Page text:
by Jack Holmes, Institutional Outreach and Publicity Officer In honor of University Press Week , the American Association of University Presses (AAUP) invited publishers to select one title from their full catalog of publications that they felt exemplifies the work they do. Here, JHU Press—with 134 years of history to choose from—shares how we made that decision. An abridged version of this post was originally published in Fine Print* (*and digital!) , AAUP's online gallery of titles—books, journals, online collections, and reference works— selected by AAUP members for this purpose. It is easy to imagine that all the presses participating in the AAUP Fine Print* project had difficulty selecting just one publication to represent a legacy that might include decades of publishing, numerous subject areas, various formats, and many distinguished achievements. That was certainly true for us at the JHU Press as we considered our Fine Print selection. We might reasonably have chosen the American Journal of Mathematics , which J. J. Sylvester founded in 1878 and which remains a centerpiece of our journals publishing program. We thought Project MUSE , the highly regarded online collection...Read More

The Doctor Is In: Don't Let the Winter Blues Get you Down

by cmt | Tuesday, November 13, 2012 - 8:00 AM

The Doctor Is In is an occasional series where JHU Press authors discuss the latest developments and news in health and medicine. guest post by Mark D. Miller, M.D. With the holiday season kicking off at Halloween these days (at least you'd think so from retail store decorations), many people begin to feel a sense of dread instead of high holiday spirits. Several factors can be responsible for this phenomenon: some people are shut-ins; others miss loved ones who have died or live too far away to visit; and still others feel empty because of commercialism or Seasonal Affective Disorder (SAD). SAD—which is sometimes called winter blues or cabin fever—is characterized largely by an energy crisis in the sufferer, who feels listless, avoids socializing, and experiences a decline in libido. SAD sufferers trend toward couch potato status. They shun activity, instead lounging around or staying in bed for long periods, then rise in the morning feeling unrefreshed. They often experience weight gain as a result of munching carbohydrates. To try to feel better, some take to drinking more alcohol, which compounds the problem further. What causes SAD? It turns out that humans are affected by the sun, much...Read More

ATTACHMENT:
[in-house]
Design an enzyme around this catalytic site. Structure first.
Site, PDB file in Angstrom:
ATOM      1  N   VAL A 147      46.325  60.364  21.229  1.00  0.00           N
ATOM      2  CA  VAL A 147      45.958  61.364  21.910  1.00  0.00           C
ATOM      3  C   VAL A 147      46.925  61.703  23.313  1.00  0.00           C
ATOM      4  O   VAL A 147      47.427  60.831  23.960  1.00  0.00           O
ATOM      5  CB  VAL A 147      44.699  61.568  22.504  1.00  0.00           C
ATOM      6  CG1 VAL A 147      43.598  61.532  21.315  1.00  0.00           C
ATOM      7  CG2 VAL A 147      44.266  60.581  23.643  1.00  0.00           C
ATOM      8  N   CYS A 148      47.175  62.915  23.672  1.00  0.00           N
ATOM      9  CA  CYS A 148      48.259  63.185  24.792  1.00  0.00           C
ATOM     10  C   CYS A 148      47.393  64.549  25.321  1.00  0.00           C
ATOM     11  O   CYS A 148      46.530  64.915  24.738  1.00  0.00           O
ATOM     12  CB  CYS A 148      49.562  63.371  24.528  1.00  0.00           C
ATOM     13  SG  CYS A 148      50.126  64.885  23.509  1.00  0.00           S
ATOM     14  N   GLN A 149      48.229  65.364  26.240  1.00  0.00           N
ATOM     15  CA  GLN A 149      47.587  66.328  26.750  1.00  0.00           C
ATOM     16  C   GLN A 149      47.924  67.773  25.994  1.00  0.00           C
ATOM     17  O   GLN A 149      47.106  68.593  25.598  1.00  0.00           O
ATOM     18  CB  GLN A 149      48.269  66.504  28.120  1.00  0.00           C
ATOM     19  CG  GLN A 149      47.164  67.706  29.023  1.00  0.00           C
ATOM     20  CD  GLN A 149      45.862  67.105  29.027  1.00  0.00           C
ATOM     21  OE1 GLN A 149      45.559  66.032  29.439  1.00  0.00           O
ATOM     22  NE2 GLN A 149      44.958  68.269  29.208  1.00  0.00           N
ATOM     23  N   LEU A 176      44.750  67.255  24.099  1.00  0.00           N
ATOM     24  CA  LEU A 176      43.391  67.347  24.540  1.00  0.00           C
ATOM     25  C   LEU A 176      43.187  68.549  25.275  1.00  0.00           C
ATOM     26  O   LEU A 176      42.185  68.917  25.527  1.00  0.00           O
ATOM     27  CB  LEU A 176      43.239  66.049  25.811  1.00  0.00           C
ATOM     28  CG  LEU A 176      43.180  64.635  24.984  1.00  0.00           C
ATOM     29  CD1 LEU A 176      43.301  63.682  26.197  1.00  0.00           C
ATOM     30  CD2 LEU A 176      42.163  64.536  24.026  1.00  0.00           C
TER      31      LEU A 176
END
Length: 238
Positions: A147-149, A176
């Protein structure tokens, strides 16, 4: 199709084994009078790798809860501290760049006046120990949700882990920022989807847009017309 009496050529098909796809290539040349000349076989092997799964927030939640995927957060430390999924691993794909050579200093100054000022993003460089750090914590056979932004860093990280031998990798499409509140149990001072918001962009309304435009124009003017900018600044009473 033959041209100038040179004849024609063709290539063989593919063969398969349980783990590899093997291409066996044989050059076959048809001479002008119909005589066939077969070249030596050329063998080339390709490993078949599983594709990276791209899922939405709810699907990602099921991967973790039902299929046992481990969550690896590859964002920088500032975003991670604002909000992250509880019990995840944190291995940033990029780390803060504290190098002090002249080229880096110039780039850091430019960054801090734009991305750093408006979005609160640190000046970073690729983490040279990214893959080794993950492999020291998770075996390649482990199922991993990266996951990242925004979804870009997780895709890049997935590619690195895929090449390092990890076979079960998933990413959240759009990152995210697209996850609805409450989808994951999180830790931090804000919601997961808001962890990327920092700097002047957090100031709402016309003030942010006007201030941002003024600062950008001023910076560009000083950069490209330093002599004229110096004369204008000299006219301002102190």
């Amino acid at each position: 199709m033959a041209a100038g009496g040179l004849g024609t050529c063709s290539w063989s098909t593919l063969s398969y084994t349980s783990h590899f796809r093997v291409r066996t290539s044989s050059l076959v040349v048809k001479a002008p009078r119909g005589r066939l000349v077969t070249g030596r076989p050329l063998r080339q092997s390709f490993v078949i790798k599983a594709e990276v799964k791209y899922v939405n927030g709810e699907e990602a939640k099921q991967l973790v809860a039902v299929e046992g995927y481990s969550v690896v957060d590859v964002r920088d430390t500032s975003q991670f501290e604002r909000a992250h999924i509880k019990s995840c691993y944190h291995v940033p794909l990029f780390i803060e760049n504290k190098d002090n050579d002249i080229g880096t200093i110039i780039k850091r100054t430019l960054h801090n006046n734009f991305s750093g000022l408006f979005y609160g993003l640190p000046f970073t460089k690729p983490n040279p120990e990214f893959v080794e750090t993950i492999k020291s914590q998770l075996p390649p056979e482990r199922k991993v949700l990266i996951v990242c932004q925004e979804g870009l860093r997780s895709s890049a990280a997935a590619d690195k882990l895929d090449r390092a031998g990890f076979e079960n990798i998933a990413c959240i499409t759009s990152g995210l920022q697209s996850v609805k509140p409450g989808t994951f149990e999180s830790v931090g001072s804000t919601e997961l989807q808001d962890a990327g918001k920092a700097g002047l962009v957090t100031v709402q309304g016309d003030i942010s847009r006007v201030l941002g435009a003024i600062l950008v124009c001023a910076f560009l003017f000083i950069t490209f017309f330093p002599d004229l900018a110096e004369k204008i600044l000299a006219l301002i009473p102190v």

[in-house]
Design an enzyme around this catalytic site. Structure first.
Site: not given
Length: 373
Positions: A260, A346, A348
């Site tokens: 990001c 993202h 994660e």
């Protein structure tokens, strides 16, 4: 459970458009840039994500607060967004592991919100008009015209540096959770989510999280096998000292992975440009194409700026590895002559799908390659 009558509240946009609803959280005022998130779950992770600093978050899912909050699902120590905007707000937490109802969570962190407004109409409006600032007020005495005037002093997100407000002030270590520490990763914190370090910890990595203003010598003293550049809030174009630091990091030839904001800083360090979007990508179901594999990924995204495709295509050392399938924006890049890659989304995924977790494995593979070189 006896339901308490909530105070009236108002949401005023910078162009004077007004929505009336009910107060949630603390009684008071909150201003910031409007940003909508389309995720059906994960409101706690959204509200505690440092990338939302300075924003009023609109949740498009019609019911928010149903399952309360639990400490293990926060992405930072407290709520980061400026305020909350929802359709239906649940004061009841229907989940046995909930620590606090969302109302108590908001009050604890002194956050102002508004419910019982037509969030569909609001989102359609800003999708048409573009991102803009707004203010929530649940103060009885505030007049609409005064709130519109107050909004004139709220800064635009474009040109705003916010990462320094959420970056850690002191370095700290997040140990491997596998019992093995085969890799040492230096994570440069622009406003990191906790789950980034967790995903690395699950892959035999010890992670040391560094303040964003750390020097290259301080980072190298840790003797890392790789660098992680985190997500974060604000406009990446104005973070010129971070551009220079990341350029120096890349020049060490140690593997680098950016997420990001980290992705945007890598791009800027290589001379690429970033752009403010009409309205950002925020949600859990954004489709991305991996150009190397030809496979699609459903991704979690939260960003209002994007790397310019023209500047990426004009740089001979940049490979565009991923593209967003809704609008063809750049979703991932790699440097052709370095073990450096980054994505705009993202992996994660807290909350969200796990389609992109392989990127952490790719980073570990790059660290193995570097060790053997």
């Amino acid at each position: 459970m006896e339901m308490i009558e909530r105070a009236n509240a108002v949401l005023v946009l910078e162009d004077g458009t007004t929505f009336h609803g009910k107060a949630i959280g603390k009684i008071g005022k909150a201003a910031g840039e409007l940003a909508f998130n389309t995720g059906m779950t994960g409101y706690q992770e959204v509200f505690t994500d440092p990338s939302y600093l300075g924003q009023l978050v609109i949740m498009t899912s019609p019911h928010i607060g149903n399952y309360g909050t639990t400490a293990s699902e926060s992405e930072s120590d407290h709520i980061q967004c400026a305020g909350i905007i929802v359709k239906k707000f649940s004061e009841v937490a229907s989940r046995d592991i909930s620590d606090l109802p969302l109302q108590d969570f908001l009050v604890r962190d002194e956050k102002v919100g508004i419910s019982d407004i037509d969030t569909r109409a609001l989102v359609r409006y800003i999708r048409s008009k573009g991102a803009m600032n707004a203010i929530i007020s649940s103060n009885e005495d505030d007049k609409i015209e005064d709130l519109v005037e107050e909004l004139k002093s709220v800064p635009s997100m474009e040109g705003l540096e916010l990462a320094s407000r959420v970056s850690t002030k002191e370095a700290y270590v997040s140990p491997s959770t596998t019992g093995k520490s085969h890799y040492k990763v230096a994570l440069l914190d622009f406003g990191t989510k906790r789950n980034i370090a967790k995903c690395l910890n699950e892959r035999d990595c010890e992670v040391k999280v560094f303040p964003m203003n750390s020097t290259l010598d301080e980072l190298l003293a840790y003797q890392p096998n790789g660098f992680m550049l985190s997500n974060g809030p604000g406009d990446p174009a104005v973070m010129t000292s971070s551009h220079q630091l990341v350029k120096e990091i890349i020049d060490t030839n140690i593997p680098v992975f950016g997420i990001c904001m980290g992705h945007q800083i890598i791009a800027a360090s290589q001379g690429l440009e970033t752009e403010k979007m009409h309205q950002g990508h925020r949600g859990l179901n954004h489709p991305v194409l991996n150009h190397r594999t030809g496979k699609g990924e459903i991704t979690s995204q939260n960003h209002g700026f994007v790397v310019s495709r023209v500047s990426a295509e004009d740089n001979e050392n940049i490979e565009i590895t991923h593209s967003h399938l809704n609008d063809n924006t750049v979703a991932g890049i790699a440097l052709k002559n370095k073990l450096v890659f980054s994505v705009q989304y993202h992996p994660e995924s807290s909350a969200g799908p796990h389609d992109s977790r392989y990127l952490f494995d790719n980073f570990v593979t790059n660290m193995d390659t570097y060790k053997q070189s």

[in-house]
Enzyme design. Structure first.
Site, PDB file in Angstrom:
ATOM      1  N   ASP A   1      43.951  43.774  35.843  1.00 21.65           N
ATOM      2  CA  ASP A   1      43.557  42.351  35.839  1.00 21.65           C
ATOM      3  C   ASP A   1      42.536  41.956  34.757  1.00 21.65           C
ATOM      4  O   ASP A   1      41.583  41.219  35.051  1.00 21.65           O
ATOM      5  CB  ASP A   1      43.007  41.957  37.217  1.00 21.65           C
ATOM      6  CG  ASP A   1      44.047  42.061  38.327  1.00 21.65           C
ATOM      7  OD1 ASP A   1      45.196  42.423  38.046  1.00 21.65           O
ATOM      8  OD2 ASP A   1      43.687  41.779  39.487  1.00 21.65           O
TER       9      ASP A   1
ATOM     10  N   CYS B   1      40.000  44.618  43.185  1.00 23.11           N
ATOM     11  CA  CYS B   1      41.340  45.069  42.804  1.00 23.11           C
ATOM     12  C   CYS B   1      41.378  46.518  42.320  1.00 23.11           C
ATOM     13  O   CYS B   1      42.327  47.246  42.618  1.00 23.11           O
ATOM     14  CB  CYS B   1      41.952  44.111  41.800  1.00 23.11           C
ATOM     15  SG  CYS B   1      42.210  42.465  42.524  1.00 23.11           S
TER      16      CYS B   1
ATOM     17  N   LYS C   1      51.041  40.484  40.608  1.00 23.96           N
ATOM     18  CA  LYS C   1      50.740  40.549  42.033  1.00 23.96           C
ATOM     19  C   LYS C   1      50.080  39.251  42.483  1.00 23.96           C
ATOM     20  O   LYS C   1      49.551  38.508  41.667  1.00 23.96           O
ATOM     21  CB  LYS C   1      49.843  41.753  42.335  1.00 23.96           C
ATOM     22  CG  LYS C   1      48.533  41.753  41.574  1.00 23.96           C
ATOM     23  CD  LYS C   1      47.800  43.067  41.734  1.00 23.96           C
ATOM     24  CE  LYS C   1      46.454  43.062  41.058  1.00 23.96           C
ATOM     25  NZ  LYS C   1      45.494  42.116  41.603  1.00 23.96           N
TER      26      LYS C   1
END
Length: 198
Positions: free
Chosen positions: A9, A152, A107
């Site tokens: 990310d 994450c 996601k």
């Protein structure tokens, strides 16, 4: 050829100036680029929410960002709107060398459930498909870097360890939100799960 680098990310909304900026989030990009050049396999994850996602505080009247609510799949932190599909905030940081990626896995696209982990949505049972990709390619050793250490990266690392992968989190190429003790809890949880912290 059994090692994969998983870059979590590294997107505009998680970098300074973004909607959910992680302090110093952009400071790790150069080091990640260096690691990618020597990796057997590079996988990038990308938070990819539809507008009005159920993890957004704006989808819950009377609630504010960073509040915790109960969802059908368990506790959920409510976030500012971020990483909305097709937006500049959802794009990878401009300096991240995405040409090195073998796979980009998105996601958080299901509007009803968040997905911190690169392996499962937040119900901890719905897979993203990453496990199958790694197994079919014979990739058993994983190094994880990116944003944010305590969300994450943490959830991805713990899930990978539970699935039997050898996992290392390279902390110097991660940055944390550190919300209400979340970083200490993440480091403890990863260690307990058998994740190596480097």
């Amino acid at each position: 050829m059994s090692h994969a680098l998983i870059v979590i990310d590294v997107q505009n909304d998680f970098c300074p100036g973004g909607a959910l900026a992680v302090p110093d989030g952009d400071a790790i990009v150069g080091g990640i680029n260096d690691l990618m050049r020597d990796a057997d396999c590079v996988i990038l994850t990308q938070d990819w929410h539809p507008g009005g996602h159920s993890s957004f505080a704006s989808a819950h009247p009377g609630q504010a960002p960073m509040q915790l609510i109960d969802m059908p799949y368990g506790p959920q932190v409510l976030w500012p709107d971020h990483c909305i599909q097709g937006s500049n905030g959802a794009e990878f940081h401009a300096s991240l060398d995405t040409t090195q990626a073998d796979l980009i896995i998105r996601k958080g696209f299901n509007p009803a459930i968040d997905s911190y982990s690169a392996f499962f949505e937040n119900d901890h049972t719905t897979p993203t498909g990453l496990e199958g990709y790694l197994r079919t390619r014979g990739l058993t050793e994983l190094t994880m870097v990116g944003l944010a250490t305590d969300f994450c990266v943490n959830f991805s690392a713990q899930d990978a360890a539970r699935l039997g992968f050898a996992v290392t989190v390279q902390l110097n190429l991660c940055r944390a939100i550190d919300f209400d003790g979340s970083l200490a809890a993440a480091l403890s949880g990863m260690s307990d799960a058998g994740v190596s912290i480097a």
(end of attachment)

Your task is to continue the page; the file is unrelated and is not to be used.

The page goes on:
The magic of the fat envelope

by bjs | Monday, November 12, 2012 - 9:31 AM

by Brian Shea, Journals PR and Advertising Coordinator In college admissions, the presence of a fat envelope portends good news. A rejection letter doesn’t need to come with the myriad forms and information an admitted student requires. I don’t know if this premise still holds true in the digital age, but I do know what it represents for the 2012 MarCom Awards . The fat envelope I received from this international competition contained the news that our Journals Marketing Department had won five awards. Administered by the Association of Marketing and Communication Professionals (AMCP), the MarCom Awards recognize outstanding creative achievement by marketing and communication professionals. There were over 6,000 entries from throughout the United States, Canada, and several other countries in the 2012 competition The 2012 and 2013 Journals Catalog each received Platinum honors, the highest award given, in the Brochure/Catalog category. The new "In Other Words" video series won Gold honors in the Web Video/Educational Series. A 2012 brochure for the Association for the Study of Higher Education won an honorable mention in the Design (Print)/Brochure category while the re-designed ...Read More

The Civil War through a Jewish lens

by bjs | Wednesday, November 7, 2012 - 8:00 AM